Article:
On September 17, 2018, Apple released the 2.0 version of its Intelligent Tracking Prevention (ITP) as part of the new iOS 12 and macOS Mojave, bringing with it new challenges for affiliate marketers and impacting the entire industry.
The original release of ITP – introduced in September of last year – put restrictions on third-party cookies, limiting cross-domain tracking capabilities to a 24-hour window. ITP 2.0 removes that 24-hour tracking window – meaning that affiliate marketers still reliant on third-party cookies cannot track and pay publisher commissions on Safari browsers.
“Time’s Up”: ITP 2.0 Changes
The removal of the 24-hour window for tracking creates a gigantic shakeup for affiliate marketers on both the advertiser and publisher side. Previously if a publisher referred a customer to a brand’s site, and the customer made a purchase anytime within the 24-hour period using an updated Safari browser, the purchase would be attributed to the publisher. If the customer were to take more than 24 hours to make the purchase the cookie would expire, and the publisher wouldn’t earn a commission for the sale. Not ideal, but the 24-hour window still afforded publishers an opportunity to earn commissions.
With the removal of the 24-hour window in ITP 2.0, third-party cookies will no longer be read in any capacity. That means that if a publisher refers a shopper to a brand’s site and the shopper completes a purchase, the publisher will not get credited – even if the purchase occurred immediately.
This impacts affiliate advertisers who utilize cookie-based tracking, affiliate publishers who rely on these cookies and any shopper who uses Apple’s Safari browser on desktop, tablet or mobile devices.
How Affiliate Advertisers and Publishers are Impacted by ITP 2.0
- Advertisers: Advertisers are now at risk of losing links and publishers from their programme. Advertisers who fail to act in response to ITP 2.0 could see Safari links removed from their publisher programmes or – worse yet – being removed from publisher programmes outright. Simply put, publishers will not want to work with advertisers who do not act in response to ITP 2.0 because it means they will not be able to earn commission on sales they’ve rightfully made.
- Publishers: Publishers run the risk of losing commission due to ITP 2.0 because advertisers will not know how to attribute the sale. Simply put, ITP 2.0 could mean publishers make less money. Publishers should look to see how much traffic comes via a Safari browser and communicate with their partnered advertisers about the importance of implementing a solution.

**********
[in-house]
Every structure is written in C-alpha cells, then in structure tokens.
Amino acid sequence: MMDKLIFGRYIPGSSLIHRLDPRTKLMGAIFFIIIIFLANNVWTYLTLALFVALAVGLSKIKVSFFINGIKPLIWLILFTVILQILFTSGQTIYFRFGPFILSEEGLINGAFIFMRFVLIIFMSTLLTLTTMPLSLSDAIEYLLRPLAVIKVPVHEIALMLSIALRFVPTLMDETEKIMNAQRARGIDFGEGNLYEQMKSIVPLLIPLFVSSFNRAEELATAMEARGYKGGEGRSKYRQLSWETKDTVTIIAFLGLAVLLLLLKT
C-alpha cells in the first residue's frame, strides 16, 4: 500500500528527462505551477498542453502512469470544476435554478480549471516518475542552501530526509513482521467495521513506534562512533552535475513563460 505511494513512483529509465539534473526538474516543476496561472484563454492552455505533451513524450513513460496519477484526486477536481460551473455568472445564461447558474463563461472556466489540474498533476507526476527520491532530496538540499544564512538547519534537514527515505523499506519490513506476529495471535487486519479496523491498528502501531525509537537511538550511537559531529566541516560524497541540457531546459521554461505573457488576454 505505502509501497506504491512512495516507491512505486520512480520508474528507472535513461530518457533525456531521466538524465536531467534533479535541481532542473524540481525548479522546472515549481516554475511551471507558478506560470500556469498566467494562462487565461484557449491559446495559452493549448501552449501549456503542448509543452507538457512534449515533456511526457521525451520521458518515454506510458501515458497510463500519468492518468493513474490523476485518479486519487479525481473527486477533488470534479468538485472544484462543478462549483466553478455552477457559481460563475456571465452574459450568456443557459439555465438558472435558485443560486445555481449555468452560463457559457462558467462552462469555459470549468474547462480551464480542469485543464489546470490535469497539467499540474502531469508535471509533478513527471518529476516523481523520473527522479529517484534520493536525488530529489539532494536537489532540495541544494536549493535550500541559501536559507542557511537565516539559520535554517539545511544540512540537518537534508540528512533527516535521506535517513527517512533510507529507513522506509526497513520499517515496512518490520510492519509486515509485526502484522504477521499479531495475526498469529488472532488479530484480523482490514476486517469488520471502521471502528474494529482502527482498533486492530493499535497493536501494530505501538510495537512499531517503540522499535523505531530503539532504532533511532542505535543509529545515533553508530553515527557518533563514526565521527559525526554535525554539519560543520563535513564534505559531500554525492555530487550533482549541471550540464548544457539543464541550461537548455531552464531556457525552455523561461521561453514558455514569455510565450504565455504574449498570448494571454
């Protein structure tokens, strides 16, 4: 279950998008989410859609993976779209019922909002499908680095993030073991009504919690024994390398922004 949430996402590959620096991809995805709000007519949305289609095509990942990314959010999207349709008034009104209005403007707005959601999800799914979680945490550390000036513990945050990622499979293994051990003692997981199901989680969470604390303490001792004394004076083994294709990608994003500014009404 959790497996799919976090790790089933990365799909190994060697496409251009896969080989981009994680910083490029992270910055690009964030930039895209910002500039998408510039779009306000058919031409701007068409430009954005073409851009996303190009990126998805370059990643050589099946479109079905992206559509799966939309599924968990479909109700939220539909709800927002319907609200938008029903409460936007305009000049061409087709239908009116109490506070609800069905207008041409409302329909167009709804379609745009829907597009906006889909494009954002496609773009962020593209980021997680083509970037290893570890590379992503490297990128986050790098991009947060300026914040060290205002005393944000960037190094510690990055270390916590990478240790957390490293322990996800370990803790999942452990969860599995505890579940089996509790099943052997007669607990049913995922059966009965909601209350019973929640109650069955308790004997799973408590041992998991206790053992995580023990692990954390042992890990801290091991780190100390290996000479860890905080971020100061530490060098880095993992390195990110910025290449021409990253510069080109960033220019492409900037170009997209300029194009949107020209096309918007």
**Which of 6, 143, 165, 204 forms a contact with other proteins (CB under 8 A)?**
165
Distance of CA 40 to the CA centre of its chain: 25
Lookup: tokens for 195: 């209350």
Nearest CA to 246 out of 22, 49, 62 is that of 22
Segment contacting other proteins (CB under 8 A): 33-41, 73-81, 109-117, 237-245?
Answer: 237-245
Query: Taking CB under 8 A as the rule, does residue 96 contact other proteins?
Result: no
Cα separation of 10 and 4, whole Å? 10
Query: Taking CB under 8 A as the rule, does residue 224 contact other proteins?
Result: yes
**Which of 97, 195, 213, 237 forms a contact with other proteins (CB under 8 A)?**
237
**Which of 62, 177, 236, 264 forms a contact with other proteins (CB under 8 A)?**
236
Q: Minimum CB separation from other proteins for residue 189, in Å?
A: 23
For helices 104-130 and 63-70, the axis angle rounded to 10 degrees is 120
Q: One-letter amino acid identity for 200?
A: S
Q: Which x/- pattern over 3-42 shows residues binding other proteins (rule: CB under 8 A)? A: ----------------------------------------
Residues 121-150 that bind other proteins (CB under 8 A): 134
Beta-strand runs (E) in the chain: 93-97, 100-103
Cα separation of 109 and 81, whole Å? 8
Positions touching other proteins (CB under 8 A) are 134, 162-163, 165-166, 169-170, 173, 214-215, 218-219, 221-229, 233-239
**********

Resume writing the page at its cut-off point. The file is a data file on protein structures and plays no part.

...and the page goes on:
The Solution: How Rakuten Marketing is Addressing ITP 2.0 for Affiliate Advertisers and Publishers
Rakuten Marketing is working to help affiliate advertisers and publishers address and mitigate the challenges of ITP 2.0 with two solutions: The Single Point of Integration (SPI) container tag, and the Enterprise Web Services (EWS). These two solutions are as follows:
- SPI: SPI helps marketers take advantage of additional tagging via first-party cookies that tracks consumer activity, even on ITP-imposed Safari browsers. As an added benefit, adopting the SPI tag opens new opportunities, such as multi-touch attribution, without extra development work. The SPI tag can also be used to implement a Consent Management Platform (CMP) wrapper code that aids in GDPR compliance.
- EWS: EWS is a server-to-server tracking process that is not affected by ITP. The EWS process is the most robust method of reporting Rakuten Marketing offers because of its security, reliability and flexibility, which includes real-time reporting. Ideally, we recommend implementing both SPI and EWS as each present their own advantages.
If you’re looking to learn more, please reach out to the Rakuten Marketing account team, or get in touch with us today to find out how to implement these solutions, or to learn more about how they can help address ITP 2.0 challenges.